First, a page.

NortonLifeLock has announced the launch of Dark Web Monitoring Powered by LifeLock in New Zealand. The new technology helps monitor identity threats among New Zealanders and is included as part of Premium and Deluxe Norton 360 plans, offering an all-in-one comprehensive solution for their online personal information and devices.
Last year, more than 1.3 million Kiwis were affected by cybercrime and the top three incident categories were phishing, scams and unauthorised access reports according to CERT NZ. Information compromised in a data breach may end up being traded on the dark web, a part of the internet that is not easily accessible through regular browsers. The dark web allows criminals to remain anonymous while buying and trading stolen data, which can then be used for identity theft.
To mark the launch of this industry-leading technology, NortonLifeLock is also sponsoring episodes of the cybercrime podcast series, Criminal Domain. Hosted by seasoned crime reporter Claire Aird and renowned futurist Mark Pesce, Criminal Domain uncovers the online threats affecting Kiwis and Australians every day. In a true-crime style, each episode follows the story of a victim of cybercrime.
The first episode of the series features Tayla Damir, winner of the 2018 edition of TV reality show Love Island Australia. The episode is centred around how Tayla ended up stranded in Lebanon after an identity thief hacker drained her bank account and took over her digital life.
According to the most recent NortonLifeLock Cyber Security Insights Report (NLSCIR), 1 in 6 New Zealand respondents reported having been a victim of identity theft with one of the biggest fears reported being personal information exposed from a data breach. To help bolster New Zealanders’ protection from today’s evolving cyber threats, NortonLifeLock Inc. is now offering Dark Web Monitoring Powered by LifeLock.
Symantec Inc., now NortonLifeLock, acquired LifeLock in 2017, bringing leading identity and fraud protection services to the company. Building on Norton’s established leadership in consumer cybersecurity, LifeLock identity theft protection services are a core pillar of NortonLifeLock’s Cyber Safety protection strategy to help consumers protect their devices and online privacy.
Norton has been able to leverage LifeLock’s 15-year heritage in identity protection to provide New Zealanders with a solution powered by AI and human technology that scan the dark web and private forums, searching for customers’ personal information. Norton 360 customers will be notified and advised on the next steps they can take in protecting their information.
“Cyber attacks are constantly evolving and becoming more sophisticated. The dark web adds another dimension to the online threats impacting New Zealanders. One of the biggest risks of personal data being sold or traded on the dark web is identity theft. That’s why we’re excited to launch Dark Web Monitoring in New Zealand to provide our customers with technology designed to help keep them protected against these more sophisticated threats. The addition of Dark Web Monitoring Powered by LifeLock to our technology in identity protection expands on our cybersecurity offering to help our customers protect their information in all corners of the internet and limit the damage that may occur,” said Mark Gorrie, Senior Director, Asia Pacific, NortonLifeLock.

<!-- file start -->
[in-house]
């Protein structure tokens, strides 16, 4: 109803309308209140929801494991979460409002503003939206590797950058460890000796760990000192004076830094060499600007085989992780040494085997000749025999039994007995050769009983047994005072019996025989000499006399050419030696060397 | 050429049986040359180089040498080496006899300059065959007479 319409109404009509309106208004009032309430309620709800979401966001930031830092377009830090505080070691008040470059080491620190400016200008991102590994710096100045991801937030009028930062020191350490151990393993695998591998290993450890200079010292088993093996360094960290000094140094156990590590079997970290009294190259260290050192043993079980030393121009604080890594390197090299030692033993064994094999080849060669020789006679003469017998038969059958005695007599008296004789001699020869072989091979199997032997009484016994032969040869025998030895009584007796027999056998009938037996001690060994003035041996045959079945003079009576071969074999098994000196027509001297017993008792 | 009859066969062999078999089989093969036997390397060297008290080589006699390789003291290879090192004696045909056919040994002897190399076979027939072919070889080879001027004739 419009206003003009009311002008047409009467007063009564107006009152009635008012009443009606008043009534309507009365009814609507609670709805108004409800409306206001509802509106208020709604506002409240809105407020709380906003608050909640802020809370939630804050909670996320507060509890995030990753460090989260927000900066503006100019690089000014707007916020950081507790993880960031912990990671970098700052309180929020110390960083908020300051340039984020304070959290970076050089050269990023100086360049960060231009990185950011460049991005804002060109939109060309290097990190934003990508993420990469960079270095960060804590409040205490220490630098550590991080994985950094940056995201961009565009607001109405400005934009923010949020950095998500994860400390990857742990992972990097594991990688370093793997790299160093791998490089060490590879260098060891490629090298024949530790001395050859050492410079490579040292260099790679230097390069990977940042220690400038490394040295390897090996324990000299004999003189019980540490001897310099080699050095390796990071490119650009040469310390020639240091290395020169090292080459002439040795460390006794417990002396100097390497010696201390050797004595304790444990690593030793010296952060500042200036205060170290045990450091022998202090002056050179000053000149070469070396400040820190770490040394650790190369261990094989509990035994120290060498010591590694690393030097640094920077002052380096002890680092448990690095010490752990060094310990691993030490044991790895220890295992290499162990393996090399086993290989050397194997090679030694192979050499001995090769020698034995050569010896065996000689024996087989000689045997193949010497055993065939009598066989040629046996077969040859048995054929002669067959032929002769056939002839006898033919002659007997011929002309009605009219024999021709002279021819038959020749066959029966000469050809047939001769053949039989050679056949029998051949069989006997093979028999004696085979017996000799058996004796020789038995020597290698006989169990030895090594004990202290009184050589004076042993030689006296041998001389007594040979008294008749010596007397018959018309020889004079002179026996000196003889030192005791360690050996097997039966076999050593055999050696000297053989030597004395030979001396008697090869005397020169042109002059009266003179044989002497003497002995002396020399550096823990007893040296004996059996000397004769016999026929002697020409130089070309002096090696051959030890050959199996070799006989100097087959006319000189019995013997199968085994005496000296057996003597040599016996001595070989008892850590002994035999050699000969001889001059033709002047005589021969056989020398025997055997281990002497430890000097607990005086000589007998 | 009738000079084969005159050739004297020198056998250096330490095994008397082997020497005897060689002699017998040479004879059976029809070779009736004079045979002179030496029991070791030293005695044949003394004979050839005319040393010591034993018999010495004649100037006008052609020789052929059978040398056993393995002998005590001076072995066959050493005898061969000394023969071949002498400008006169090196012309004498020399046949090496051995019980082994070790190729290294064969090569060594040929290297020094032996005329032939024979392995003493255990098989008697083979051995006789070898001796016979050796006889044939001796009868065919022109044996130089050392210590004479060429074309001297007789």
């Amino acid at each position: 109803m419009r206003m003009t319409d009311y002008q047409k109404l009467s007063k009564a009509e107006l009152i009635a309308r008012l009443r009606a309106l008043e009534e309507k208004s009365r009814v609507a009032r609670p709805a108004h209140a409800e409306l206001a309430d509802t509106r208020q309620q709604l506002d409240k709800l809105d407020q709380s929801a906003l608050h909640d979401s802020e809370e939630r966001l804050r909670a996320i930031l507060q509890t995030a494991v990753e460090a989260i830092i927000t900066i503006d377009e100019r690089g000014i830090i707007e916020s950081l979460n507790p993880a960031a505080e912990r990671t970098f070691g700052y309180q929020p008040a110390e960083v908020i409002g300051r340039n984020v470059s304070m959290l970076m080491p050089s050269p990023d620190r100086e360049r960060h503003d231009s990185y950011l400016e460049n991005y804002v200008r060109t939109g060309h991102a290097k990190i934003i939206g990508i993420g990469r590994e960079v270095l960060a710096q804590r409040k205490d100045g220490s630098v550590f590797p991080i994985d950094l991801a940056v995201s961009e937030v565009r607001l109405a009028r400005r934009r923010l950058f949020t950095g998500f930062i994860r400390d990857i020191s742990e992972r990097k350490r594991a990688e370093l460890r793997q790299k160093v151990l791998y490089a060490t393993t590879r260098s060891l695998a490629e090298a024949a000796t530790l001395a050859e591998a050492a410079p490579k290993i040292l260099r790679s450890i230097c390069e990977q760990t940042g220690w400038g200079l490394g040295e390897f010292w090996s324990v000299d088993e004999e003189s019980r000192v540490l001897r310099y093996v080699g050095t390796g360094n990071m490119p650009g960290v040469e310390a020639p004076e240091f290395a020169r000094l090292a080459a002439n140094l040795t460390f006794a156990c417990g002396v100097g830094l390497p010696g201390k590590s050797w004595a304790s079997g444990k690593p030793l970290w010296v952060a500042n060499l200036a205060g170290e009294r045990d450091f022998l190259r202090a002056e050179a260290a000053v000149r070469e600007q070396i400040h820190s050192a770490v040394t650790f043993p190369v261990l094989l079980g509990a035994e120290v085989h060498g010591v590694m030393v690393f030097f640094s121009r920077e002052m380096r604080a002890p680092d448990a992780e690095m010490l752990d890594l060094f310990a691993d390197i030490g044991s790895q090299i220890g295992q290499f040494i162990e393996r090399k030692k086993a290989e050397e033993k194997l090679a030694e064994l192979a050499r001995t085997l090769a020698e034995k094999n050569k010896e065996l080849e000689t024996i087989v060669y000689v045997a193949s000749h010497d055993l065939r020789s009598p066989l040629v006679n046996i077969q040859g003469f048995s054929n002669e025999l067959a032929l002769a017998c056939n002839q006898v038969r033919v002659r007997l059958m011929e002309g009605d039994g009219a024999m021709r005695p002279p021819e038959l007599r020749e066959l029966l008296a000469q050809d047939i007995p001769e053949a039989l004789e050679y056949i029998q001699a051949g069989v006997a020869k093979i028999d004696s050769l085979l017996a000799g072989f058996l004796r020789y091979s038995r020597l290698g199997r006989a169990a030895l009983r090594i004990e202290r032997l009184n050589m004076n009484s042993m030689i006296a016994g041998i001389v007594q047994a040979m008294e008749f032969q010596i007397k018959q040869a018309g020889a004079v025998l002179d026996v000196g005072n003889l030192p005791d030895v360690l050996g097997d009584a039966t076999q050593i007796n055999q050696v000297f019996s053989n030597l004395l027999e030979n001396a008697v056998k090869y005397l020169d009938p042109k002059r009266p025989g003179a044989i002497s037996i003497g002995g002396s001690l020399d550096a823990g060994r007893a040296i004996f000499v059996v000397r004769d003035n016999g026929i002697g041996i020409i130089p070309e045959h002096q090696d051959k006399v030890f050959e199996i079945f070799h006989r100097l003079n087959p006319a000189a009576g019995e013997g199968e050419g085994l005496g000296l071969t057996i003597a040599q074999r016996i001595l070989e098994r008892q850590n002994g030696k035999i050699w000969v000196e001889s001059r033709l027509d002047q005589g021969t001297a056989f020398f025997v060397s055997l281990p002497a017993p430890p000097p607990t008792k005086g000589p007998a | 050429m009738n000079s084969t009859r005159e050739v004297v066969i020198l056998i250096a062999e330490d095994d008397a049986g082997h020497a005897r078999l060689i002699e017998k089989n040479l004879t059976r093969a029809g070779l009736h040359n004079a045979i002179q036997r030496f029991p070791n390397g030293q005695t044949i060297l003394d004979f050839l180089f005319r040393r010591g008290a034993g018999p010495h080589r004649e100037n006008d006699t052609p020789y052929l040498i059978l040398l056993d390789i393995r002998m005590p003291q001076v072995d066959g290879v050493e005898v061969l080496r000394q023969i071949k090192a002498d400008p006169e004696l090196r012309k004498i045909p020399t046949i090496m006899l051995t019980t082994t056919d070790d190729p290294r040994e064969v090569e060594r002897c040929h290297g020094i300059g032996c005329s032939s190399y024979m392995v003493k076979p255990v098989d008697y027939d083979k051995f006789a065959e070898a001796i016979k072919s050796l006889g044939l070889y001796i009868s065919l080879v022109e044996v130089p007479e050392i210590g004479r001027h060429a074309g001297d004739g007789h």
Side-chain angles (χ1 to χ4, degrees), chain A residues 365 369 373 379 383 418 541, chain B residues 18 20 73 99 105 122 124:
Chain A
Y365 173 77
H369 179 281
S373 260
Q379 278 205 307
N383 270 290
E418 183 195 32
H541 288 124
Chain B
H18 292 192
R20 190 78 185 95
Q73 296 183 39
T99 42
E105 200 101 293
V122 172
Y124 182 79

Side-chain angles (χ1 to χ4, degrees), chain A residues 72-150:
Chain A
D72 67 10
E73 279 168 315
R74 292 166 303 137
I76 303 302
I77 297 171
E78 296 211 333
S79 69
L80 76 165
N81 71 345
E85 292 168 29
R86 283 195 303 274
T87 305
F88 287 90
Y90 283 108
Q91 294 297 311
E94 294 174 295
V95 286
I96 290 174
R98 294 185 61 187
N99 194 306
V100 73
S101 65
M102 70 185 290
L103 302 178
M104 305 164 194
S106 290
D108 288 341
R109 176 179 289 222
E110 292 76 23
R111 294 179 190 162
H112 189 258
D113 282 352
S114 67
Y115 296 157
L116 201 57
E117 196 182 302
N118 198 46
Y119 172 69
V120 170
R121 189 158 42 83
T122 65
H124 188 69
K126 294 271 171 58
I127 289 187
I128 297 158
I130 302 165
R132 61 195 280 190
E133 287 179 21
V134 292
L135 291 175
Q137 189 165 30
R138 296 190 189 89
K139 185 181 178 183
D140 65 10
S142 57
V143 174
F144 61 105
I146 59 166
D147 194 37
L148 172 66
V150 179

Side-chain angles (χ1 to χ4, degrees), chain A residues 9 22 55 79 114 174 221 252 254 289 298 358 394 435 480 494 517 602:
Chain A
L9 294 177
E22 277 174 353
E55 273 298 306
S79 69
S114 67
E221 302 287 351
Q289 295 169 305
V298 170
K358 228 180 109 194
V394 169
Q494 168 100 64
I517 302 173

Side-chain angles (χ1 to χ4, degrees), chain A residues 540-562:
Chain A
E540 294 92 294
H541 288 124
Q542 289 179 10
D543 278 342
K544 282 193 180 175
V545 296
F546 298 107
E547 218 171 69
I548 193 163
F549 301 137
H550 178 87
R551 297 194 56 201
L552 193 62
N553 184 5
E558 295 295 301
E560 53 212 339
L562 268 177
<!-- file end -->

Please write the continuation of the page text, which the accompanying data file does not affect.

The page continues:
Dark Web Monitoring Powered by LifeLock will be capable of monitoring the dark web, searching for over 120 personal identifiable information including email, physical address, phone number, driver licence number, credit card or bank account numbers and gamer tags.
Norton 360 with Dark Web Monitoring Powered by LifeLock is available now in-stores and will be available online from 1 September. Existing Norton 360 Premium and Deluxe customers will have their plans updated to include Dark Web Monitoring Powered by LifeLock for the remainder of the subscription at no extra cost, at their next update.
With the inclusion of Dark Web Monitoring, Norton 360 now includes:
Also launching today is Criminal Domain, a multi-episode series featuring real stories of Kiwis and Australians who have been impacted by cybercrime and the consequences they had to endure. From identity theft to cyberstalking, ransom hacking and bank fraud.
In one of the episodes, Criminal Domain tells the story of cyber cop Anthon, who was enlisted to help business owners recover stolen company laptops. During the investigation it was found that the stolen laptops had been used to commit identity theft. Another episode details the story of New Zealand radio host Glenn Hart who was a victim of ransom hacking.
“NortonLifeLock Cyber Security Insights Report (NLSCIR) found that 1 in 3 New Zealand respondents have been victims of cybercrime, which means many of us are facing the issues being discussed in the Criminal Domain podcast. Throughout this series, it highlights the impact cybercrime can have on New Zealanders, from the initial shock to the lasting damage and in each episode we’ve been able to delve into cybercrime stories experienced by New Zealanders and Australians and the consequences this has had on their lives. Our goal is to encourage more Kiwis to be more vigilant online”, added Mark Gorrie.
“As we’ve moved online, every aspect of our lives has become an ‘attack surface’ for hackers who steal our money, our privacy - even our identity. We need to be vigilant. Criminal Domain was a fantastic opportunity to learn how these hackers work - and how we can best protect ourselves from them,” said Co-host of Criminal Domain, Mark Pesce.